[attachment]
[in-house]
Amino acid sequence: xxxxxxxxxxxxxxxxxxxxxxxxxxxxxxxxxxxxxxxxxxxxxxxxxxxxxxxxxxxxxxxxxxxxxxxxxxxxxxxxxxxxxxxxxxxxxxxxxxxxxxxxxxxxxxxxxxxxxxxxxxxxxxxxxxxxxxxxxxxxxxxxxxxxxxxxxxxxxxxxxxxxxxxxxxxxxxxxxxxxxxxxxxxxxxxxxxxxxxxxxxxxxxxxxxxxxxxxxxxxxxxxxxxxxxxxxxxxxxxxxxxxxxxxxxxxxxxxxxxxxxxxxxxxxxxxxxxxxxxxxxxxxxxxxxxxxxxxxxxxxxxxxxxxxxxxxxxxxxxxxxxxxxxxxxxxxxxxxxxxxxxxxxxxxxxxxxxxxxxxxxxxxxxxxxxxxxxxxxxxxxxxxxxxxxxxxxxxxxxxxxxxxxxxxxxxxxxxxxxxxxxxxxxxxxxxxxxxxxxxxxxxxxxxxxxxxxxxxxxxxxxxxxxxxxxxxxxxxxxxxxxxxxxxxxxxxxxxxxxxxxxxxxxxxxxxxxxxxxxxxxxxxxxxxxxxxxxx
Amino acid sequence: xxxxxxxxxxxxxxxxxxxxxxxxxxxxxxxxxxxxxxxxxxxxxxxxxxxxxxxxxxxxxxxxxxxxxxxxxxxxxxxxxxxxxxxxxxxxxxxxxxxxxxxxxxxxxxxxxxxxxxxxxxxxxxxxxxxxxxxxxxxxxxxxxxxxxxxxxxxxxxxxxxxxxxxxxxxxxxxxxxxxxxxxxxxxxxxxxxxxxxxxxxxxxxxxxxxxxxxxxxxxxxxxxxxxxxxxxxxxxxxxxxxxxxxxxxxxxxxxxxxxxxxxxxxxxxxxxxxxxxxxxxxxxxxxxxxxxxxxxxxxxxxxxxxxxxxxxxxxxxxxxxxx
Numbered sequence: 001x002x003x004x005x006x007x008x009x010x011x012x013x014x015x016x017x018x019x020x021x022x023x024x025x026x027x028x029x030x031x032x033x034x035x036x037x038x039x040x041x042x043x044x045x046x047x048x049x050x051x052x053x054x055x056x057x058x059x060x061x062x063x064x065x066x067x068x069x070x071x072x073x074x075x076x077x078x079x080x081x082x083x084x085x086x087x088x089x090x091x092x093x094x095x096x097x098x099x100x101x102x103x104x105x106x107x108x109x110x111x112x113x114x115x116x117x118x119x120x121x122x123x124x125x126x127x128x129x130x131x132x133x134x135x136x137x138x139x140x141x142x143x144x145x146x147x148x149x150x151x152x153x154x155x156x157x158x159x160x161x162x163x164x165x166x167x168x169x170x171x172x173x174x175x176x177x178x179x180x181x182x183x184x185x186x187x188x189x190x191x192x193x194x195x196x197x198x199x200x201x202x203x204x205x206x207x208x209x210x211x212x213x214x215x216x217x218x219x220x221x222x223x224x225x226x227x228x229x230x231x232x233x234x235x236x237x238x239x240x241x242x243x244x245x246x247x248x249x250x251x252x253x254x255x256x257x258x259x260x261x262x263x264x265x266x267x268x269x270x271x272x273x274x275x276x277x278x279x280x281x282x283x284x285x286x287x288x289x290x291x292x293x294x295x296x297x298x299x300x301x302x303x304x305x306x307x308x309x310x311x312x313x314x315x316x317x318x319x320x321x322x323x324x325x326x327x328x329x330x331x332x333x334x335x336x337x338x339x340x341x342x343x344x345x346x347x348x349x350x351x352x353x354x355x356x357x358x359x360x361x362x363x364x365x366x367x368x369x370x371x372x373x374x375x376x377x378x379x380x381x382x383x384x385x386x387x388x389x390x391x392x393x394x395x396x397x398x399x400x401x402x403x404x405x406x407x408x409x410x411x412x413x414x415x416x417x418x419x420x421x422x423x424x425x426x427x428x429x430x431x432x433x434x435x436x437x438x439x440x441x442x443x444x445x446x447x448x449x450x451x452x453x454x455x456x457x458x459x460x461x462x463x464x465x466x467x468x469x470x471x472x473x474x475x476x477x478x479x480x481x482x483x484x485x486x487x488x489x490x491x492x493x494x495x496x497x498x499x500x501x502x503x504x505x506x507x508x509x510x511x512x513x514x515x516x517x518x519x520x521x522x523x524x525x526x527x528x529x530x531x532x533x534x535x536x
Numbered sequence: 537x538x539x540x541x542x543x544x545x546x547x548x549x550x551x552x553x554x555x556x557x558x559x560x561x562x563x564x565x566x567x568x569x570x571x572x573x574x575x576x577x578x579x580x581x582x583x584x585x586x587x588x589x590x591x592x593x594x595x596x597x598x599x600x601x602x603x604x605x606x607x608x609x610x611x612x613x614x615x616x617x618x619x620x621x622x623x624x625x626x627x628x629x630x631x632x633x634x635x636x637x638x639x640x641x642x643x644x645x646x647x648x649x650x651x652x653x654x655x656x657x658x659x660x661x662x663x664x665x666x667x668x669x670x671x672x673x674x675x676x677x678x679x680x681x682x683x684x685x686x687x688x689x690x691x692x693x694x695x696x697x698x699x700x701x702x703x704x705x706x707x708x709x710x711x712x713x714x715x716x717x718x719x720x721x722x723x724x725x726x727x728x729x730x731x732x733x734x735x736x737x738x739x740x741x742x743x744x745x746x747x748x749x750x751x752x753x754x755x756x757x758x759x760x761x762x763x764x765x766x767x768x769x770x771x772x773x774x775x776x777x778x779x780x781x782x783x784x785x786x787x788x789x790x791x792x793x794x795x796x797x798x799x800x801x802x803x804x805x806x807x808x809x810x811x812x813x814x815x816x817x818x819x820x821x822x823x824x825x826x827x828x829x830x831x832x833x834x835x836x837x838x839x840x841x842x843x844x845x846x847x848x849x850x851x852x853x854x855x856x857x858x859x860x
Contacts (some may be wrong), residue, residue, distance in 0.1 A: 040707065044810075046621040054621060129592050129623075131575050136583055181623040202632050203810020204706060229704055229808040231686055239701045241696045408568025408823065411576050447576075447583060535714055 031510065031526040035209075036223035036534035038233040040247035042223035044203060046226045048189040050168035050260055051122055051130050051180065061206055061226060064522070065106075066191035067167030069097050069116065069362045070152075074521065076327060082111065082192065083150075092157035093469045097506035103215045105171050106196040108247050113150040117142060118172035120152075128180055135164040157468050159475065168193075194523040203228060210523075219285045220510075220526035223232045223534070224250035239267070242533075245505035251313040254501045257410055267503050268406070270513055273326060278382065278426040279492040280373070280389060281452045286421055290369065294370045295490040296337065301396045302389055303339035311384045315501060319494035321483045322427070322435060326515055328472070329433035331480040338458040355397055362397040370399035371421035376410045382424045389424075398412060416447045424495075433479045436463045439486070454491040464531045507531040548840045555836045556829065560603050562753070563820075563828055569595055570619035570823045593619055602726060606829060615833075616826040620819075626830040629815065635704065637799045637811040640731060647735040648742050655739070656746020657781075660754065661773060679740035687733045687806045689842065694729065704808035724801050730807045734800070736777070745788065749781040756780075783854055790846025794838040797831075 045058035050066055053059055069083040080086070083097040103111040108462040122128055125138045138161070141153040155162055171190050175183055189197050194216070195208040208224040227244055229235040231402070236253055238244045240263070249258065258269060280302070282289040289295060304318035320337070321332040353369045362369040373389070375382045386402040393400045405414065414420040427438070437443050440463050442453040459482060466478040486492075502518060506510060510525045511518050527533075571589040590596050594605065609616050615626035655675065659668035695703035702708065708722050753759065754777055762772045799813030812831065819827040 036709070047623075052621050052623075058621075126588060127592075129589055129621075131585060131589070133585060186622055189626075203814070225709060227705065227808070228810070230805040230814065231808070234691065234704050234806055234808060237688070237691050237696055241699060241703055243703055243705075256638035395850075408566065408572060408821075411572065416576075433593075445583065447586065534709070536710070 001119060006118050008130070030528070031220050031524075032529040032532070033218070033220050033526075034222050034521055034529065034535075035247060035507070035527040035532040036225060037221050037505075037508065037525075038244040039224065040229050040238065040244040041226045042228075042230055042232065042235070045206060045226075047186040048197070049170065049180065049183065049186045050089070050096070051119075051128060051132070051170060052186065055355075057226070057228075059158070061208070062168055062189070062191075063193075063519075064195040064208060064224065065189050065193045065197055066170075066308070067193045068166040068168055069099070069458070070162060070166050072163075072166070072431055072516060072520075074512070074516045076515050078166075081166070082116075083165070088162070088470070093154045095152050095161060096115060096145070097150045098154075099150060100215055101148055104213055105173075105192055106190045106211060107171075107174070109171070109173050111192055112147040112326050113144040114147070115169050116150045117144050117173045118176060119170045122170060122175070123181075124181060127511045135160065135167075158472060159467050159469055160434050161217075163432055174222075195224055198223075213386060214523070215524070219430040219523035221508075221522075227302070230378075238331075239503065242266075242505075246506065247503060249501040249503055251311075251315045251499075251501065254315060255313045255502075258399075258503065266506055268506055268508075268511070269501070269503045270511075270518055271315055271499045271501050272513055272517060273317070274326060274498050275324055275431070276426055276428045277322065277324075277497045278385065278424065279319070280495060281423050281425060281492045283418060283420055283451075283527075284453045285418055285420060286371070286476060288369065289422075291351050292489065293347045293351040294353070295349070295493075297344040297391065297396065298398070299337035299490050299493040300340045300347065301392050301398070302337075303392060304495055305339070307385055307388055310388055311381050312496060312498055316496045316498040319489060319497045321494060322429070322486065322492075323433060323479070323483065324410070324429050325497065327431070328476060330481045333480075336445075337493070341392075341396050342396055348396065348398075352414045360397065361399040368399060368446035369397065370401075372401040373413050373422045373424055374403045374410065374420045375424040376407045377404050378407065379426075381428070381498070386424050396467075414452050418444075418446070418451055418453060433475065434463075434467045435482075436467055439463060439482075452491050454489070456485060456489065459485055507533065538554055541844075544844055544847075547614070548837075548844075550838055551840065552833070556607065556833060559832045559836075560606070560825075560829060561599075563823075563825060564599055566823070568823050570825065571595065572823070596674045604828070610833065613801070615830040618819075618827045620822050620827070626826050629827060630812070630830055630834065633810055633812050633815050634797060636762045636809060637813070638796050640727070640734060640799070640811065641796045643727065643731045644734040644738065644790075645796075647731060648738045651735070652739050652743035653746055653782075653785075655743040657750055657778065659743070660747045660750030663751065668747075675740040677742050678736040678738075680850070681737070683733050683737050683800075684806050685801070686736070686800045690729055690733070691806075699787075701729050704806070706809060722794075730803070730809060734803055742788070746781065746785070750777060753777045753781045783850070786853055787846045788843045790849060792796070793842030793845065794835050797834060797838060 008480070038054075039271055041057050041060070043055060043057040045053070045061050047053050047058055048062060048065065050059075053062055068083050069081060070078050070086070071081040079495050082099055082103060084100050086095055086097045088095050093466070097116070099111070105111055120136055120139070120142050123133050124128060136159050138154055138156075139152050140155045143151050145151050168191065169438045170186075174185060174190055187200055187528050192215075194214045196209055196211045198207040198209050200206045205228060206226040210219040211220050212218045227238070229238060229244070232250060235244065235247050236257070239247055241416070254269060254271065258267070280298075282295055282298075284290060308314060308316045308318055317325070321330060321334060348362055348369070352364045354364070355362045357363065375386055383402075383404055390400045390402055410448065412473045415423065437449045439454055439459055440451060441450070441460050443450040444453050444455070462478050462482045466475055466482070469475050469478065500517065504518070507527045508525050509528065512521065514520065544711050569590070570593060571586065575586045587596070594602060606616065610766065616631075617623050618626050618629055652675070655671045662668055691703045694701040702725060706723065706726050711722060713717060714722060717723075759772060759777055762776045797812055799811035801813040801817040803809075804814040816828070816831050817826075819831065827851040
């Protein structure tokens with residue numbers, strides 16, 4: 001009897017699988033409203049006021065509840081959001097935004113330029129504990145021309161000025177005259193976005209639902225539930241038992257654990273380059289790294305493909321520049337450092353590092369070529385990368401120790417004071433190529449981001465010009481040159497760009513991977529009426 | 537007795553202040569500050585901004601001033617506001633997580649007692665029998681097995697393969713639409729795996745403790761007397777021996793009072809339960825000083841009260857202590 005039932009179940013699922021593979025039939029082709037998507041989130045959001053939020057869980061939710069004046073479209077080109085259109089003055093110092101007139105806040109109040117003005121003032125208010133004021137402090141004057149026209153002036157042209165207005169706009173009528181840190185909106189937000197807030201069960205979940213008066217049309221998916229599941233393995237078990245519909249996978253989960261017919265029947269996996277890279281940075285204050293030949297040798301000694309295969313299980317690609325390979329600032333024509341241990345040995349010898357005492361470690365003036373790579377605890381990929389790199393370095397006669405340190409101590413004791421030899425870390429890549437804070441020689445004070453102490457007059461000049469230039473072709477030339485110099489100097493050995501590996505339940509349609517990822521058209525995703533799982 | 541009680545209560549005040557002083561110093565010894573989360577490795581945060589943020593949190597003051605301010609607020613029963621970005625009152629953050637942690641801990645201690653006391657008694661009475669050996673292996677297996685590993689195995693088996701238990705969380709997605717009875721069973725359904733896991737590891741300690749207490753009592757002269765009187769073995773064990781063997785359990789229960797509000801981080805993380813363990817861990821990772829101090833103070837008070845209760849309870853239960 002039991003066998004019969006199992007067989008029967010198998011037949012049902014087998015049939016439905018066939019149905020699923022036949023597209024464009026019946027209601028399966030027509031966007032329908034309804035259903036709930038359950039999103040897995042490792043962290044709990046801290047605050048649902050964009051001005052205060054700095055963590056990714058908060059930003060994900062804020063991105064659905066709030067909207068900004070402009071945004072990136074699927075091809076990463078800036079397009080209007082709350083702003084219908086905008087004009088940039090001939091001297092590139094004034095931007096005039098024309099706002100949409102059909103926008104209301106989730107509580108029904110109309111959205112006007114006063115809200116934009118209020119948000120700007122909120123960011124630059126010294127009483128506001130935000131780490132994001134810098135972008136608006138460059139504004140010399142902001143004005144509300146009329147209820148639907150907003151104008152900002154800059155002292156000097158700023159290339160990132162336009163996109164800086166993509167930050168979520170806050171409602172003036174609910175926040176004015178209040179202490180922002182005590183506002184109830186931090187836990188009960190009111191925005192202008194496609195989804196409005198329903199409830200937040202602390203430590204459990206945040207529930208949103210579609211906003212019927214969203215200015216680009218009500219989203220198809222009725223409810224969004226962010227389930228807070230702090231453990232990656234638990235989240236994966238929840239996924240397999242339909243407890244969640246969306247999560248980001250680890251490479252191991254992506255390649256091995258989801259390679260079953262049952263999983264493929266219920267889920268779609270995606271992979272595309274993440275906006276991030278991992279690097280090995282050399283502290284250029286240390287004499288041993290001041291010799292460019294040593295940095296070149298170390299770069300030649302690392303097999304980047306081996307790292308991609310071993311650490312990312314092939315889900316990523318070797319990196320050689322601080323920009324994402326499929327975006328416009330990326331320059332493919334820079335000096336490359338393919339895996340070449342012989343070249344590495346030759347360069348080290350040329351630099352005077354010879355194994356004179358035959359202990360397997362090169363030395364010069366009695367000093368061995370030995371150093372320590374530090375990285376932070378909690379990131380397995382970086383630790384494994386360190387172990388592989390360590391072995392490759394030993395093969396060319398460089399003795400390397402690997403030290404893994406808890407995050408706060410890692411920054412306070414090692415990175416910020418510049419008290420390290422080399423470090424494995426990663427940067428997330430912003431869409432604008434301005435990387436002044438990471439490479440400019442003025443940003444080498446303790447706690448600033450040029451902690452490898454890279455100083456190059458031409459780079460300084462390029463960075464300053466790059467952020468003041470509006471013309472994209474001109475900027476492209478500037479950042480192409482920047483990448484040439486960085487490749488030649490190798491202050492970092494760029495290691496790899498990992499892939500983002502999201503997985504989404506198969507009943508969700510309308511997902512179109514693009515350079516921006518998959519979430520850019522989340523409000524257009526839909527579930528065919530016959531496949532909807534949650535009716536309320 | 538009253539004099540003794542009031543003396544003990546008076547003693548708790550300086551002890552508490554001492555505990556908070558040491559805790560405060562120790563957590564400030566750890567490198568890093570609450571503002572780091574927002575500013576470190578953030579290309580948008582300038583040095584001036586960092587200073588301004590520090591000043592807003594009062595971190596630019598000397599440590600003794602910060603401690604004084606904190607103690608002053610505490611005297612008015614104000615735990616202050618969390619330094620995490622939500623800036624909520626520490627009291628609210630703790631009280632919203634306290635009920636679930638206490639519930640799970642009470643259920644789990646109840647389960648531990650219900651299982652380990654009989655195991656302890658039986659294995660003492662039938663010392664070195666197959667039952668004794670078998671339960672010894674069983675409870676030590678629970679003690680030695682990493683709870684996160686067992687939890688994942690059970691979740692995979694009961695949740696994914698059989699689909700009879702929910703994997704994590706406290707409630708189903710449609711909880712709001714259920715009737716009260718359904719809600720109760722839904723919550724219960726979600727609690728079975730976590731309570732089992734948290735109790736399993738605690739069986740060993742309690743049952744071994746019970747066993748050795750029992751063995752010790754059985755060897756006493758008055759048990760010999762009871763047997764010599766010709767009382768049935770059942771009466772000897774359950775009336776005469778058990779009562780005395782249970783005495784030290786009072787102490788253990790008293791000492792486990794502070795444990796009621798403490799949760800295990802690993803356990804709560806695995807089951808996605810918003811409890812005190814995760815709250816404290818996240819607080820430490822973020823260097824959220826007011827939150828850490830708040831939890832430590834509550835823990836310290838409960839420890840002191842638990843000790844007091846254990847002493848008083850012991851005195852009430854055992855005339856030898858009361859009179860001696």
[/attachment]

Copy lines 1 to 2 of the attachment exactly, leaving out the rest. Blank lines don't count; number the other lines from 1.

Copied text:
[in-house]
Amino acid sequence: xxxxxxxxxxxxxxxxxxxxxxxxxxxxxxxxxxxxxxxxxxxxxxxxxxxxxxxxxxxxxxxxxxxxxxxxxxxxxxxxxxxxxxxxxxxxxxxxxxxxxxxxxxxxxxxxxxxxxxxxxxxxxxxxxxxxxxxxxxxxxxxxxxxxxxxxxxxxxxxxxxxxxxxxxxxxxxxxxxxxxxxxxxxxxxxxxxxxxxxxxxxxxxxxxxxxxxxxxxxxxxxxxxxxxxxxxxxxxxxxxxxxxxxxxxxxxxxxxxxxxxxxxxxxxxxxxxxxxxxxxxxxxxxxxxxxxxxxxxxxxxxxxxxxxxxxxxxxxxxxxxxxxxxxxxxxxxxxxxxxxxxxxxxxxxxxxxxxxxxxxxxxxxxxxxxxxxxxxxxxxxxxxxxxxxxxxxxxxxxxxxxxxxxxxxxxxxxxxxxxxxxxxxxxxxxxxxxxxxxxxxxxxxxxxxxxxxxxxxxxxxxxxxxxxxxxxxxxxxxxxxxxxxxxxxxxxxxxxxxxxxxxxxxxxxxxxxxxxxxxxxxxxxxxxxxxxxxx